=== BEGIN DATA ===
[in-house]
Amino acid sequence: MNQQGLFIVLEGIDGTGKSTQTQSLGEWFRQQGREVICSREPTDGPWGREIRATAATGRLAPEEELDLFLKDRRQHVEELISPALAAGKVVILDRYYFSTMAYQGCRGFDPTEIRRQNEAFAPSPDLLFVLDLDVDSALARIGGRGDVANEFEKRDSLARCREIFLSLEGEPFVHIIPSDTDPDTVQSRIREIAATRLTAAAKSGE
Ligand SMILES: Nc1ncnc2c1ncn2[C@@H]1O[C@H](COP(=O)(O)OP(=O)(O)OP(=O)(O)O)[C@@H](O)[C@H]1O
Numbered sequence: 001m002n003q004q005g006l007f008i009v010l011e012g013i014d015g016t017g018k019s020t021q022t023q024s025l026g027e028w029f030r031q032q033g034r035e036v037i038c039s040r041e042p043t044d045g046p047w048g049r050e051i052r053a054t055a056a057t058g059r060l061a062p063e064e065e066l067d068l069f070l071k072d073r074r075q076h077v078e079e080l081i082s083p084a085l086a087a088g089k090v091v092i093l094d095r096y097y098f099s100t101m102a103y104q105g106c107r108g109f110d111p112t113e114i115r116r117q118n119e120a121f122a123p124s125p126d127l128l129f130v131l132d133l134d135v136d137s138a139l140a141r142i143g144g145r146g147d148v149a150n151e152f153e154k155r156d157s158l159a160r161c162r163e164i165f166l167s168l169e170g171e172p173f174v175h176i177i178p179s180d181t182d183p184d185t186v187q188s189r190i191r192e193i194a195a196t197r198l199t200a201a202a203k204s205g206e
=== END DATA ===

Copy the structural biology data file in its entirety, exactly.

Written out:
[in-house]
Amino acid sequence: MNQQGLFIVLEGIDGTGKSTQTQSLGEWFRQQGREVICSREPTDGPWGREIRATAATGRLAPEEELDLFLKDRRQHVEELISPALAAGKVVILDRYYFSTMAYQGCRGFDPTEIRRQNEAFAPSPDLLFVLDLDVDSALARIGGRGDVANEFEKRDSLARCREIFLSLEGEPFVHIIPSDTDPDTVQSRIREIAATRLTAAAKSGE
Ligand SMILES: Nc1ncnc2c1ncn2[C@@H]1O[C@H](COP(=O)(O)OP(=O)(O)OP(=O)(O)O)[C@@H](O)[C@H]1O
Numbered sequence: 001m002n003q004q005g006l007f008i009v010l011e012g013i014d015g016t017g018k019s020t021q022t023q024s025l026g027e028w029f030r031q032q033g034r035e036v037i038c039s040r041e042p043t044d045g046p047w048g049r050e051i052r053a054t055a056a057t058g059r060l061a062p063e064e065e066l067d068l069f070l071k072d073r074r075q076h077v078e079e080l081i082s083p084a085l086a087a088g089k090v091v092i093l094d095r096y097y098f099s100t101m102a103y104q105g106c107r108g109f110d111p112t113e114i115r116r117q118n119e120a121f122a123p124s125p126d127l128l129f130v131l132d133l134d135v136d137s138a139l140a141r142i143g144g145r146g147d148v149a150n151e152f153e154k155r156d157s158l159a160r161c162r163e164i165f166l167s168l169e170g171e172p173f174v175h176i177i178p179s180d181t182d183p184d185t186v187q188s189r190i191r192e193i194a195a196t197r198l199t200a201a202a203k204s205g206e